It should be understood that although a circular valve plate 42 is illustrated, the invention is equally applicable in a rectangular valve plate/rectangular duct arrangement, and that the term "butterfly valve" as used herein is intended to include such structures.
Use of the valve 40 will now be described with reference to FIGS. 12A-12F. The valve plate 20, which is initially at a first rotational position (FIG. 12A) maximally closing fluid communication along the flow path 44, is rotationally moved away from the first position toward a second rotational position (FIG. 12F) maximally permitting fluid communication. The valve plate 20 is subjected to a net torque exerted by the fluid conveyed along the path 44 and the torque increases with the rotational movement as the center of pressure 30 moves below the pivot line 32, this being illustrated in FIG. 12B. The valve plate 20 is translationally moved relative to the shaft 22 so that the center of pressure 30 is more closely aligned with the pivot line 32, thus decreasing the net torque, as illustrated in FIG. 12C. Continued rotational movement toward the second position (FIG. 12F), facilitated by the translational movement, is effected with a concomitant increase in the net torque as the center of pressure 30 again moves relative to the pivot line 32, this being illustrated in FIG. 12D. Continued translational movement again more closely aligns the center of pressure 30 with the pivot line 32 so that further rotational movement toward the second position (FIG. 12F) is facilitated, as indicated in FIG. 12E.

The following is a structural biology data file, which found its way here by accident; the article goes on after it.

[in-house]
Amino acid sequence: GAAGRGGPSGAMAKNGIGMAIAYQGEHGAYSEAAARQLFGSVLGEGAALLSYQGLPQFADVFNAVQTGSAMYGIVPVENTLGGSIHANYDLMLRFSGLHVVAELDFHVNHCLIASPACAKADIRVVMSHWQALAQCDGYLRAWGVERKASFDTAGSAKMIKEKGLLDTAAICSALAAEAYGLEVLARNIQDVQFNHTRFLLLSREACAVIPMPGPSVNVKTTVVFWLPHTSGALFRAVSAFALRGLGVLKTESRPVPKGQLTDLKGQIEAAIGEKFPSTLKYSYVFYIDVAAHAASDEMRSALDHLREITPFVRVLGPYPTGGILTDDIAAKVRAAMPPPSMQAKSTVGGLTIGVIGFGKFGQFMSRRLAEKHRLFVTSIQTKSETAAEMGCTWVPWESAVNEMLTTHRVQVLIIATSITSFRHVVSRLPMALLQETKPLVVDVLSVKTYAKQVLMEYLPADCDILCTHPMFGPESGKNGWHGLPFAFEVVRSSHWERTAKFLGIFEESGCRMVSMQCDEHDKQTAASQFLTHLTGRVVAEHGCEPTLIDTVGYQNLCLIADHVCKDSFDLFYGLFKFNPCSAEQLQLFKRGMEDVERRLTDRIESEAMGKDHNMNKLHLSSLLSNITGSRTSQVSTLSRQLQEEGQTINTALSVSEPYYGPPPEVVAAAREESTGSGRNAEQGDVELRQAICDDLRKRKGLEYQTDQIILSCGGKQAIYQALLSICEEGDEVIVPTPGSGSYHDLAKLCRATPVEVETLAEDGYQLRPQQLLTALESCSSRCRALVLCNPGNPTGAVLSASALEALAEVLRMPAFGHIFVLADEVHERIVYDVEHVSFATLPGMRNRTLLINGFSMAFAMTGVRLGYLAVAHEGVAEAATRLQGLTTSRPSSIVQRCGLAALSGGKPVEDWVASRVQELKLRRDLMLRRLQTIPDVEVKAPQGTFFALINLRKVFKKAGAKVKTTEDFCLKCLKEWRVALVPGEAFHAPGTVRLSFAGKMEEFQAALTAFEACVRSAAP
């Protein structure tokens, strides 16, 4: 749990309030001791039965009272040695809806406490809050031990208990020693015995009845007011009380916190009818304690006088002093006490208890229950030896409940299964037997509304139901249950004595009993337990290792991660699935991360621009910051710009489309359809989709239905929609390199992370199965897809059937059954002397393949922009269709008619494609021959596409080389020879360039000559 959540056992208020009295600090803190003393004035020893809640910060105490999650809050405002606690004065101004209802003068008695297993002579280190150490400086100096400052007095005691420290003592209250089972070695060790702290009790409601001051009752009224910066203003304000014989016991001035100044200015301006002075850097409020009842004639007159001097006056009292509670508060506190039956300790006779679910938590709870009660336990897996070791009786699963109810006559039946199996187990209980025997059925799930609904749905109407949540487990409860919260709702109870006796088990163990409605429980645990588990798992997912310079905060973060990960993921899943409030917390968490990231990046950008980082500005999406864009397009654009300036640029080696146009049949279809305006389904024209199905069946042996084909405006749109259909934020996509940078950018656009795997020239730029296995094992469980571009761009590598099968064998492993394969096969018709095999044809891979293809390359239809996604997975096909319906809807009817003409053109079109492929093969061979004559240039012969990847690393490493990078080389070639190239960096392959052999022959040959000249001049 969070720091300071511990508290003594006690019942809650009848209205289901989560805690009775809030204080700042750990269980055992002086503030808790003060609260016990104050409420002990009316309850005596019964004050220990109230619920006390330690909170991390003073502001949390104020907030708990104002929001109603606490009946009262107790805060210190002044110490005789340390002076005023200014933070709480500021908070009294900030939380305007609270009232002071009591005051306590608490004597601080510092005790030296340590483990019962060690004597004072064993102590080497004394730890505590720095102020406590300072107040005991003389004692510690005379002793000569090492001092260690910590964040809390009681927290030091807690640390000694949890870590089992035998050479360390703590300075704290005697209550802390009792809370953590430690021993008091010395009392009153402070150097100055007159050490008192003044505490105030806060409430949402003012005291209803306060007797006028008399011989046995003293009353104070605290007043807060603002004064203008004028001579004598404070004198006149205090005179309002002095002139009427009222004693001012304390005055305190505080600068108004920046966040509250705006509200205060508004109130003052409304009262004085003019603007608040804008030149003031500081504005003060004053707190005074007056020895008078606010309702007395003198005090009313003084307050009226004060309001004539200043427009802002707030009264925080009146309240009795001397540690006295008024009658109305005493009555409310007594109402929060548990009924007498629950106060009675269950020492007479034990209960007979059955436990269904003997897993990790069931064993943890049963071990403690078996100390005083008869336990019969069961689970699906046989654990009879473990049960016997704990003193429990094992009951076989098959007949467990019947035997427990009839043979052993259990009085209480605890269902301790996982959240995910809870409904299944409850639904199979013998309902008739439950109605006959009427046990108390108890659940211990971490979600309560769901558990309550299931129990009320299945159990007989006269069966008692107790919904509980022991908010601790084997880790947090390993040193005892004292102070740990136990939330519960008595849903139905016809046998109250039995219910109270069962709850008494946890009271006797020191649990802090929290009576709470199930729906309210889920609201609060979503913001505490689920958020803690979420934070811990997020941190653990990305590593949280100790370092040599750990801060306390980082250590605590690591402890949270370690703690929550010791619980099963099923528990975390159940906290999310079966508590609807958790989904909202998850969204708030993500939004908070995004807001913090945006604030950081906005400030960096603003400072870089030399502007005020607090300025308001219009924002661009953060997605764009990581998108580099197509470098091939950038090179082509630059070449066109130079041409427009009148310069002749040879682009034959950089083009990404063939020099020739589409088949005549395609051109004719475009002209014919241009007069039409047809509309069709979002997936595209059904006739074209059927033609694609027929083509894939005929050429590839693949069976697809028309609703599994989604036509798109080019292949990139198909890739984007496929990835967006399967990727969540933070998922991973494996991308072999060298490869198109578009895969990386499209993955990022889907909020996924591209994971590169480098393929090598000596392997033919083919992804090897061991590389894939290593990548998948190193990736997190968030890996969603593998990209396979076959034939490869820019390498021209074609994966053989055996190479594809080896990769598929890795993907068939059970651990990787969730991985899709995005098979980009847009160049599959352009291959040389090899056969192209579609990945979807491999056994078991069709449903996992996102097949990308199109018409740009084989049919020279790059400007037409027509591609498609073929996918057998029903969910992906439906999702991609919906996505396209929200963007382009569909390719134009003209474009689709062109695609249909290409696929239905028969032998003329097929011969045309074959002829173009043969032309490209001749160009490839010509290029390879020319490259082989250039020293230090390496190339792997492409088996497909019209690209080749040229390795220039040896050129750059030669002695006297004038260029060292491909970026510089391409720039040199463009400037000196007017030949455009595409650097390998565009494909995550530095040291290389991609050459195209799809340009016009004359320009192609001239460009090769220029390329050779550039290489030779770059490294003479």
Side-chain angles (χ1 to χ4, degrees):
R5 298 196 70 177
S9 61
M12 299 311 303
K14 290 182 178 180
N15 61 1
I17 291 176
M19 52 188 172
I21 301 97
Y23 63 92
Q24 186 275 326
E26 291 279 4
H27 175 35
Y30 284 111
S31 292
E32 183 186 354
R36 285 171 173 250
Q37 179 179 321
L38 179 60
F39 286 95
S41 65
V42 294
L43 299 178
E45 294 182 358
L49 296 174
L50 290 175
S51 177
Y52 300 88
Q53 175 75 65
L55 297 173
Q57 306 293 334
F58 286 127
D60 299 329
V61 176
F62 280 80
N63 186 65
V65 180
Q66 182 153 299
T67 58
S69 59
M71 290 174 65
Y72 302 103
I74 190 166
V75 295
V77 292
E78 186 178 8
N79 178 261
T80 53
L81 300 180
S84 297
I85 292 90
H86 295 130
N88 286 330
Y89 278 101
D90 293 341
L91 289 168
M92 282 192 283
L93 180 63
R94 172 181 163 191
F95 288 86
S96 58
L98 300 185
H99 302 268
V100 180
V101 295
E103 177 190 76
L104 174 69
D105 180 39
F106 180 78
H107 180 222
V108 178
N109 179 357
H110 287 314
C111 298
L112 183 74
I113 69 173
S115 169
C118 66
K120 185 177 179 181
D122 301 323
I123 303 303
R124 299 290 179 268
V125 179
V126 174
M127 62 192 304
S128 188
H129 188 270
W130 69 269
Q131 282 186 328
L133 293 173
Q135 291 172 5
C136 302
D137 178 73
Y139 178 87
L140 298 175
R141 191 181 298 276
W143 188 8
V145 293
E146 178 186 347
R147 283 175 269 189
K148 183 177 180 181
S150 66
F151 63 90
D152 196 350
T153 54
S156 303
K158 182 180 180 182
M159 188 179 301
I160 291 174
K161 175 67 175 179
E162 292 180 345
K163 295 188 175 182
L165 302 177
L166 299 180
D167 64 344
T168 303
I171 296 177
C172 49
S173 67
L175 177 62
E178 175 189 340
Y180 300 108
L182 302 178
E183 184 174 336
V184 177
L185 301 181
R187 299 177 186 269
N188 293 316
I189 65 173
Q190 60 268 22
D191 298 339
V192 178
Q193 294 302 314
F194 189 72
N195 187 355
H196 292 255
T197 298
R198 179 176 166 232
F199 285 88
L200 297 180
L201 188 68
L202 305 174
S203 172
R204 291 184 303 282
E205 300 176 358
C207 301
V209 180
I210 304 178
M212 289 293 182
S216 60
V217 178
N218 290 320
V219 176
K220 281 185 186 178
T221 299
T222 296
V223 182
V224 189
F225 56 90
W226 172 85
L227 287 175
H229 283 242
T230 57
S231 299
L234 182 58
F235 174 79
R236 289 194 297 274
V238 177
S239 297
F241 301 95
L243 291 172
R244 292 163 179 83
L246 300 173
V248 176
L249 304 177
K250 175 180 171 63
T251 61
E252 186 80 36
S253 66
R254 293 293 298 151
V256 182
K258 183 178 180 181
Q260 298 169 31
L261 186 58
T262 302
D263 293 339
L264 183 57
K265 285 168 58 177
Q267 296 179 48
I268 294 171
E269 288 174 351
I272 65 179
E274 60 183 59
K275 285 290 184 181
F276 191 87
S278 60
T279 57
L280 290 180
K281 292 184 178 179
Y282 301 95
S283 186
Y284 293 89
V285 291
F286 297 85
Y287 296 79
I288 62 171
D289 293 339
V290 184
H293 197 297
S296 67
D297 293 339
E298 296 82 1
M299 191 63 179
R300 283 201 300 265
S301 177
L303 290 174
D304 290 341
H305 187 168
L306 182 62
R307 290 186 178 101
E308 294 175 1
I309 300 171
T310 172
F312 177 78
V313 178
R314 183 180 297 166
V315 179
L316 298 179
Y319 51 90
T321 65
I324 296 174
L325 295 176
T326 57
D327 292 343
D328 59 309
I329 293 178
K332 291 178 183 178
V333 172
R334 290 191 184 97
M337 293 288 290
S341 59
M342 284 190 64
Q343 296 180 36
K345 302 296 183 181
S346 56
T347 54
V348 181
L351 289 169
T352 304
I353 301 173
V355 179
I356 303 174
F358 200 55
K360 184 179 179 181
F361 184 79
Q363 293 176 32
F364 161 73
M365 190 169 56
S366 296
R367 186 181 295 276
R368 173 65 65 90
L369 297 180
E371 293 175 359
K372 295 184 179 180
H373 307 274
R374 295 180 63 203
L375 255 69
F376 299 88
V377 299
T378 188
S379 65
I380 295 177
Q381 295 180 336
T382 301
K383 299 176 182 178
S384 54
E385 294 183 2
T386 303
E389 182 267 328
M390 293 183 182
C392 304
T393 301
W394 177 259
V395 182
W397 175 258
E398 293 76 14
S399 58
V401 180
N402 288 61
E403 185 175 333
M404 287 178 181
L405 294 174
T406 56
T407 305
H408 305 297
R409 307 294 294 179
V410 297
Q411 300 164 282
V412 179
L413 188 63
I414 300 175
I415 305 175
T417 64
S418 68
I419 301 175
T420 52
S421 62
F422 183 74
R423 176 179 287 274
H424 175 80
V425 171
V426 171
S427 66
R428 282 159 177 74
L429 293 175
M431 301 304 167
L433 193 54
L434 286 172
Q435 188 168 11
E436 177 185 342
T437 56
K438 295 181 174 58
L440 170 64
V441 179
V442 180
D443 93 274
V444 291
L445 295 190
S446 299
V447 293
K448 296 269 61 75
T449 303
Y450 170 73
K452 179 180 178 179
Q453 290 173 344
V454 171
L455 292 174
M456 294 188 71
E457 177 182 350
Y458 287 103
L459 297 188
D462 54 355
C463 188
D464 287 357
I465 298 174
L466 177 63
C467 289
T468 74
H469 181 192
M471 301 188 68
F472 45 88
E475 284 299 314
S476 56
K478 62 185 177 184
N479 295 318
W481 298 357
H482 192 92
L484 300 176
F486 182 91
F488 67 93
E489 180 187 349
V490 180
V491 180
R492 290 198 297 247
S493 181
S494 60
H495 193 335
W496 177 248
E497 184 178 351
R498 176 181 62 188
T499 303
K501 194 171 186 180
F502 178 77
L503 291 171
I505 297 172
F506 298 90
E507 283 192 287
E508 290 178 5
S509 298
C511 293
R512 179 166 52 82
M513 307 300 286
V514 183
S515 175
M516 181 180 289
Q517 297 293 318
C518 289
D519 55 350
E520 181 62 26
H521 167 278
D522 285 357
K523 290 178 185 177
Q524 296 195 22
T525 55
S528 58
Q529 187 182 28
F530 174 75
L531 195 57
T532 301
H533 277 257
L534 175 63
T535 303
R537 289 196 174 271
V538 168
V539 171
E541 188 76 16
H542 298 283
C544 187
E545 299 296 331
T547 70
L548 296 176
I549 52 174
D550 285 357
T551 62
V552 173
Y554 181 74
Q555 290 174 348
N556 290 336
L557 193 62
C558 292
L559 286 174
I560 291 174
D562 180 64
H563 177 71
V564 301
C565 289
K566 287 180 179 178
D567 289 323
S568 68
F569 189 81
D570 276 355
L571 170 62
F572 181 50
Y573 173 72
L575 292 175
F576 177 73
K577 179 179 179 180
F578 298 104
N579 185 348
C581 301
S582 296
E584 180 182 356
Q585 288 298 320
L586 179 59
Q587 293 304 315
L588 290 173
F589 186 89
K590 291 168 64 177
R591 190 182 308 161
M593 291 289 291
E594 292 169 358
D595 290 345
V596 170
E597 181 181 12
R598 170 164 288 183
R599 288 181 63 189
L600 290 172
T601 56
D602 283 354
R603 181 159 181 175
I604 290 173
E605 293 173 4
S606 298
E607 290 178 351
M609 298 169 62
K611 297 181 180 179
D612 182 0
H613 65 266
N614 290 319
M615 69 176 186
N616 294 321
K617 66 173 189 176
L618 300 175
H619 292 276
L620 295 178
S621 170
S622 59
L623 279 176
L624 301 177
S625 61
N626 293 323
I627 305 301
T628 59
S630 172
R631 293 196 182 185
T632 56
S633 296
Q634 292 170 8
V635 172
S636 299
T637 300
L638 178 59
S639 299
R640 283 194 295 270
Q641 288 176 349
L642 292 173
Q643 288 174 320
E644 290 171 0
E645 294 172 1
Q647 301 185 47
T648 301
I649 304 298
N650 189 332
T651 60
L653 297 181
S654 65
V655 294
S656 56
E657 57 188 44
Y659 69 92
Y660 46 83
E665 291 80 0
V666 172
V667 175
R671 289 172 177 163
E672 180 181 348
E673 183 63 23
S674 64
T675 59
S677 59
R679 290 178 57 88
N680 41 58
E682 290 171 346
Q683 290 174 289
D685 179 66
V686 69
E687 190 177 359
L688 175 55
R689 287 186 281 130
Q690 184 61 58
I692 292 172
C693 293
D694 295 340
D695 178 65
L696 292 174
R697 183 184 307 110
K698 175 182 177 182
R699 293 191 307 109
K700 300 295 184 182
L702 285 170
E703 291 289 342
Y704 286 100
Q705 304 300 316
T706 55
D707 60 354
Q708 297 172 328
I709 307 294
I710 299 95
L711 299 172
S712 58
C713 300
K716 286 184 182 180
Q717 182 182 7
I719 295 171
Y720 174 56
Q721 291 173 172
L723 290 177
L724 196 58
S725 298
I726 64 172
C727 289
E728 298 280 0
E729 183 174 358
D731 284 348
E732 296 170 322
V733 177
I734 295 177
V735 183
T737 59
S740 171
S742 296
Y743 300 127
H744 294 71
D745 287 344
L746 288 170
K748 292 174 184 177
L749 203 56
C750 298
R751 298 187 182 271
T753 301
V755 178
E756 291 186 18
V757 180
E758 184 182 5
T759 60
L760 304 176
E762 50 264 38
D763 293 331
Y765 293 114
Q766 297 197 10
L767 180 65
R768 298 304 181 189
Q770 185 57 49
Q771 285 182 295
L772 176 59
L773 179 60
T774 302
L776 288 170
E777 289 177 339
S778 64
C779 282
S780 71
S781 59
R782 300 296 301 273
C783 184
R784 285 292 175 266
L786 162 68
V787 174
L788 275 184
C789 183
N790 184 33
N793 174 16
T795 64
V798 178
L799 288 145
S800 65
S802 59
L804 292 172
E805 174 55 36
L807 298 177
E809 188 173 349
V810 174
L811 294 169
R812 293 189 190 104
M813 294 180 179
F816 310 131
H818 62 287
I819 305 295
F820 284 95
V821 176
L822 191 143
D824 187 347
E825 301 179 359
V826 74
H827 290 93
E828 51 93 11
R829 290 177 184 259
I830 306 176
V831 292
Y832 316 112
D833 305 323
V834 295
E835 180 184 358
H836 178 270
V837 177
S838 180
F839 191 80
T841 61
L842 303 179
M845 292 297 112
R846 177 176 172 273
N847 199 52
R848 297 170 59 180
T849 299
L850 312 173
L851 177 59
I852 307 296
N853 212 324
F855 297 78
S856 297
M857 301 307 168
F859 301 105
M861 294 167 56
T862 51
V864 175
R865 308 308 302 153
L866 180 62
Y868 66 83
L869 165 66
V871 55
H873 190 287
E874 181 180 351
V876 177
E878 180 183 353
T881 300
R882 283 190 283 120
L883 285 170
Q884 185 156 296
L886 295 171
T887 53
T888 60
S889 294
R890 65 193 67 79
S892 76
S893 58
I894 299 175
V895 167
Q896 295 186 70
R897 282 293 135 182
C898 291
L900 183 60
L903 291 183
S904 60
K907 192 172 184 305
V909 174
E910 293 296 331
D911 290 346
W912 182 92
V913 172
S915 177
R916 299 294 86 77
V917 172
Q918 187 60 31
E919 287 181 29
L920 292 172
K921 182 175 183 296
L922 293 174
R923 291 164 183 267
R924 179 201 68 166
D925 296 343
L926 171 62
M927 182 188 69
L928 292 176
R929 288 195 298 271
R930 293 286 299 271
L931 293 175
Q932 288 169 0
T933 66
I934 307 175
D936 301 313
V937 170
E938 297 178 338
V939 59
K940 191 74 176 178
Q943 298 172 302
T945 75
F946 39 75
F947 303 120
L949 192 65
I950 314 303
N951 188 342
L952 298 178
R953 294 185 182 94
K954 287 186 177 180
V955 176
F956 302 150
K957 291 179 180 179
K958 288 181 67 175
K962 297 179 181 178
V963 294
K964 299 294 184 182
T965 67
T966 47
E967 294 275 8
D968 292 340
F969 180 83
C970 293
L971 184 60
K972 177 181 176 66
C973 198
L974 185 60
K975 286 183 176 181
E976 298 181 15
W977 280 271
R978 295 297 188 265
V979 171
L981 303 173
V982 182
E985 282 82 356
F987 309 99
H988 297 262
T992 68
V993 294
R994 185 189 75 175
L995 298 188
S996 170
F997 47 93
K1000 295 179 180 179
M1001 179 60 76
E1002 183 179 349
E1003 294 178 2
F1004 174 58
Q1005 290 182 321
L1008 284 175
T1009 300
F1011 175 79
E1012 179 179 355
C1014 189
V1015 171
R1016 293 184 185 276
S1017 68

Rotational movement of the valve plate 20 continues until the plate reaches a desired rotational position (as in FIG. 12E) associated with a desired flow rate. The translational movement facilitates the rotational movement and, since the net torque exerted by the fluid on the plate is minimized via the translational movement, minimizes the load on the actuator 36 at the desired rotational position.